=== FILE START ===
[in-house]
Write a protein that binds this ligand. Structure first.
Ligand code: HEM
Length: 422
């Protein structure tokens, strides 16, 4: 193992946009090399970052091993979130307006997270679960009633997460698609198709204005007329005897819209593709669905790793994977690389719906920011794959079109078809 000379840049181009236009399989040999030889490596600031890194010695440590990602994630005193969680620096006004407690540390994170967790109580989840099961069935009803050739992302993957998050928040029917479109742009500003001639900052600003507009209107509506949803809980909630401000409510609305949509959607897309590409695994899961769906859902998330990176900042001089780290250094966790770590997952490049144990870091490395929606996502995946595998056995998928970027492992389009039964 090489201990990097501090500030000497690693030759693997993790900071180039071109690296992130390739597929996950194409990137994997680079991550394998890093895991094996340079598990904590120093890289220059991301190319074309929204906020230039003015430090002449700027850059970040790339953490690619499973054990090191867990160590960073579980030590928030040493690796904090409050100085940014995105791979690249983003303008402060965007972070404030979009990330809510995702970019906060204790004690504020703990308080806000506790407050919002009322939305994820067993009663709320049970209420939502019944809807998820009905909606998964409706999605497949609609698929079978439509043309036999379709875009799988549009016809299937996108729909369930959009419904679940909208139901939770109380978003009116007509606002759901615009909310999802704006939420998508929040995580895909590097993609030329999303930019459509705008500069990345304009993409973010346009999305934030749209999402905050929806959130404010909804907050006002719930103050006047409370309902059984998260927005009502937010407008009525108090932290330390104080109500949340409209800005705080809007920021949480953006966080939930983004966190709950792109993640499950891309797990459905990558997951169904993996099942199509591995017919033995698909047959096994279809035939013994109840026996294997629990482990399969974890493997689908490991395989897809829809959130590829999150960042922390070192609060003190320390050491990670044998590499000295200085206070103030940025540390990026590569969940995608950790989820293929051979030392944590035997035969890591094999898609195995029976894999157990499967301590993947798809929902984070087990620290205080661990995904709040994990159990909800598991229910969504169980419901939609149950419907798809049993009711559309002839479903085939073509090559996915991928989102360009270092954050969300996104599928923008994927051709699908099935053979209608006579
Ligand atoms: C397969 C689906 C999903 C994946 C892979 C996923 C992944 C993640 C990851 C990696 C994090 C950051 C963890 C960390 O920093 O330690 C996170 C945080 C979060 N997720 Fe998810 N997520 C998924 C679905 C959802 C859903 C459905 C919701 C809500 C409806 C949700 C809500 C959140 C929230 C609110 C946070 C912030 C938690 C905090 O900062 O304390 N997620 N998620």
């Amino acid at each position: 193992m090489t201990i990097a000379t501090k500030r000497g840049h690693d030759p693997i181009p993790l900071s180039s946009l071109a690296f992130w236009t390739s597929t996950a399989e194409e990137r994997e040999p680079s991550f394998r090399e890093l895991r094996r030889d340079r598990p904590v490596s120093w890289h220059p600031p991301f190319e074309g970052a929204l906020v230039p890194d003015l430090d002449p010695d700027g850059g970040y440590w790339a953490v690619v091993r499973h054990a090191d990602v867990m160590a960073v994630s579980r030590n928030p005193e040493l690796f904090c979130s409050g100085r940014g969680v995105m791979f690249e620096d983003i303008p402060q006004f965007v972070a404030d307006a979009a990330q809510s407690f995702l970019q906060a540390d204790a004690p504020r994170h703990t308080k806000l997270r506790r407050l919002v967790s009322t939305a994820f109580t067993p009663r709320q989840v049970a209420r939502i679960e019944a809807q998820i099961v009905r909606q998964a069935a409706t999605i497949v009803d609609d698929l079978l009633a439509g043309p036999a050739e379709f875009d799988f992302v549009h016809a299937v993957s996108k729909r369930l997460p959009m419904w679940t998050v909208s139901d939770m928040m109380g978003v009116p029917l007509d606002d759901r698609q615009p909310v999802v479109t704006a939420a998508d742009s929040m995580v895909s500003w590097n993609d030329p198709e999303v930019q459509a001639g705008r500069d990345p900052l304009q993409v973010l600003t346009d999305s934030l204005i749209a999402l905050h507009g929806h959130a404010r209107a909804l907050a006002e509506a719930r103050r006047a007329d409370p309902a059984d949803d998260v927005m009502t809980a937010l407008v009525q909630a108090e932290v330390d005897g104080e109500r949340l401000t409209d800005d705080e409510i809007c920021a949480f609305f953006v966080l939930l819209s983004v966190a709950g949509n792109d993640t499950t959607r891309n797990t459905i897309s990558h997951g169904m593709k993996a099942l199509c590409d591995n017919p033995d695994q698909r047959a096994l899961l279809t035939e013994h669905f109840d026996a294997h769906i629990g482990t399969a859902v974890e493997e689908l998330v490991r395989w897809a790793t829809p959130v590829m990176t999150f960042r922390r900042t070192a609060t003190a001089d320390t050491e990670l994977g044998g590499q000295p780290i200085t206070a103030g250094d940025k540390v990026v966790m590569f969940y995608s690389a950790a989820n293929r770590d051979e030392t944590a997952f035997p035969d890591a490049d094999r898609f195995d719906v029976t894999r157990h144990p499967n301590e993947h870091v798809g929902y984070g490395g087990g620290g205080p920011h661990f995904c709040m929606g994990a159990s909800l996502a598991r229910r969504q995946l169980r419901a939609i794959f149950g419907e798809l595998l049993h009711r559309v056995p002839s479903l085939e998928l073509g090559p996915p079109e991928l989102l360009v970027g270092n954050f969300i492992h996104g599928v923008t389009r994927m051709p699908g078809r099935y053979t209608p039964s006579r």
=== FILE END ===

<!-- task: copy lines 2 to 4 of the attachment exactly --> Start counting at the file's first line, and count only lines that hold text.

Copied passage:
Write a protein that binds this ligand. Structure first.
Ligand code: HEM
Length: 422